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Creating beauty from loss

July 9, 2017

This small town has a little phenomenon happening where folks paint and hide rocks. Whole families are sitting around the table with a bucket of rocks, sharing paint and brushes. They are spending time going to parks and hiding them; they are also walking around finding rocks, and sharing smiles and joy in photos on a Facebook page.

This little sensation is also helping some people deal with tragic events.

Cheryl lost a son in 2004 on Christmas Eve. He was 21.
Cheryl’s daughter, Brook, died at the age of 35 on June 2, 2017. She was being chased by a boyfriend she had broken up with. Brook wrecked and was thrown into traffic on the interstate.  Cheryl’s other daughter had to ID her sister with a piece of her wrist that had a tattoo on it. The details are grisly; and my heart pours out to this woman.

cheryl rocks collage

cheryl rocks1

Cheryl paints rocks to keep her mind busy. She is pouring her pain into art. I don’t know Cheryl, but I love her. I love that she can turn such tragedy into the energy to create so much beauty. I would love to find one of her rocks.   I’m not sure I could easily hide it again.  I would though, because she painted each to be shared.

 

Melanie was just introduced to the rock painting and hiding group.  She has used work as a way to cope with her teenage son’s death.  He was terminally ill, and she was his cheerleader, caregiver, his everything. And he was her everything.  We became friends on face book a week ago.  She used to do charcoal art until her son became ill.  She wants to spend some time getting back into practice and asked if I would be interested in a couple hours of art therapy.  Of course.  I would love to.  She loves drawing animals; mainly dogs.  She used to sell some of her drawings.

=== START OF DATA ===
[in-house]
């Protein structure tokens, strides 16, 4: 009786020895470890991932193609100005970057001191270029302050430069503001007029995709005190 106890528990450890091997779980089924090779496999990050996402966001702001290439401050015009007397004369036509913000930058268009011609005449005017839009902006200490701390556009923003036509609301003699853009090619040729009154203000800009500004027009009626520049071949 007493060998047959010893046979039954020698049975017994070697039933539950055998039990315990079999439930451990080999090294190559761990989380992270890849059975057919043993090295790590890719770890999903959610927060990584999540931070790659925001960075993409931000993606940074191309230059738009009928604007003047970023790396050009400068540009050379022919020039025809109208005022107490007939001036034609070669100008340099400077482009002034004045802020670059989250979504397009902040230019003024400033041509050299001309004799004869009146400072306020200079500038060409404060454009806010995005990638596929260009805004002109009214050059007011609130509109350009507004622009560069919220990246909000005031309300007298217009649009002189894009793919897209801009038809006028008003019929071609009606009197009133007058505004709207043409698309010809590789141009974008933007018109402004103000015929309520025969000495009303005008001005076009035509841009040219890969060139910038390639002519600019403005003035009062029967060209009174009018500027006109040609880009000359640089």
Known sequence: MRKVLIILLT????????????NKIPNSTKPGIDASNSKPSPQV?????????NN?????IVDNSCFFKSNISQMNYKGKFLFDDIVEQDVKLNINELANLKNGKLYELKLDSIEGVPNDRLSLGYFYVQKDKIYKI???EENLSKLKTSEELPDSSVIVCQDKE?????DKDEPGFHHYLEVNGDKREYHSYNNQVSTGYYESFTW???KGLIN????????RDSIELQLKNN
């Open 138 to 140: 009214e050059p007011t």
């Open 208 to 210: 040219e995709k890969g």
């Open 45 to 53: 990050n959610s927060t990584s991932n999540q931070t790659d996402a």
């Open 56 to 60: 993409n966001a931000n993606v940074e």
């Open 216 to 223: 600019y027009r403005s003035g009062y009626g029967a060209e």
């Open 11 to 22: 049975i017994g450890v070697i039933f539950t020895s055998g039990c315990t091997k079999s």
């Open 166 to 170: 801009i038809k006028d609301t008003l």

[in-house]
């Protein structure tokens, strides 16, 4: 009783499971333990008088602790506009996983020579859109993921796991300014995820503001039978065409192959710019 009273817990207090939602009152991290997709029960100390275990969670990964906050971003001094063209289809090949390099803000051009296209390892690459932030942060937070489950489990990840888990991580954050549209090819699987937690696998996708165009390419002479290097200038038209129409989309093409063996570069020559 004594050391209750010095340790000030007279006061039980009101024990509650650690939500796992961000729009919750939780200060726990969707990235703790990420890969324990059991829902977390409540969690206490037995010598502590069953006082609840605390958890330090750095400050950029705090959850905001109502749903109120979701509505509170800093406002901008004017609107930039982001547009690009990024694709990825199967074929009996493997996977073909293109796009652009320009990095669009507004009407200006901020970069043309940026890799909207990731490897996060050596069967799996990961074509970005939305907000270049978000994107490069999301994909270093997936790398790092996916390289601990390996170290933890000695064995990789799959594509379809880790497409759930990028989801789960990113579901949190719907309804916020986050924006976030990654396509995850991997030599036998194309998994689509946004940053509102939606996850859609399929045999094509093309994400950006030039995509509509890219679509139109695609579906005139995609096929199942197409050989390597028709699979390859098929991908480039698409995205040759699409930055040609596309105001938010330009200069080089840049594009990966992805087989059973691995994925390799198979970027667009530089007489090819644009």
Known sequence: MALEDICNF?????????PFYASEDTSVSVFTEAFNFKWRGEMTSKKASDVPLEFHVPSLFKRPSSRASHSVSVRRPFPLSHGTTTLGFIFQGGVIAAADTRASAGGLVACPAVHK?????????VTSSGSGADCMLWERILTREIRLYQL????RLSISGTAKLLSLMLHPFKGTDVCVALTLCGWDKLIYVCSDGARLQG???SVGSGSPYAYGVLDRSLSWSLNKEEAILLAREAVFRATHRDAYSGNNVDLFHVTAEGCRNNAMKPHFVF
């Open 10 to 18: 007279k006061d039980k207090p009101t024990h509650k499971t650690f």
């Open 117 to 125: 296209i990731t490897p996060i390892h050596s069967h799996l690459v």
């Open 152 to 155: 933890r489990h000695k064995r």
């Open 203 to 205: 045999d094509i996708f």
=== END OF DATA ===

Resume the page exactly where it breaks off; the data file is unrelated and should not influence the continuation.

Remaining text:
Melanie just got connected with Cheryl. Truly, miracles can happen out of despair. I admire the strength of these two women in trying to move on and pray they can help each other.

My sister lost one of her children. My sister gardens.  She grows huge sunflowers, vegetable beds, and makes special planters for holidays filling them with color appropriate blooms. She keeps a special flower bed in her yard that is Alex’s Garden. We have had much discussion about emotions and coping with the loss of a child.

I can’t even imagine.  I see a special strength in all three of these women.  In some way, the souls of their lost children live on in what they create.

I am constantly reminded masterpieces can be created out of pain.

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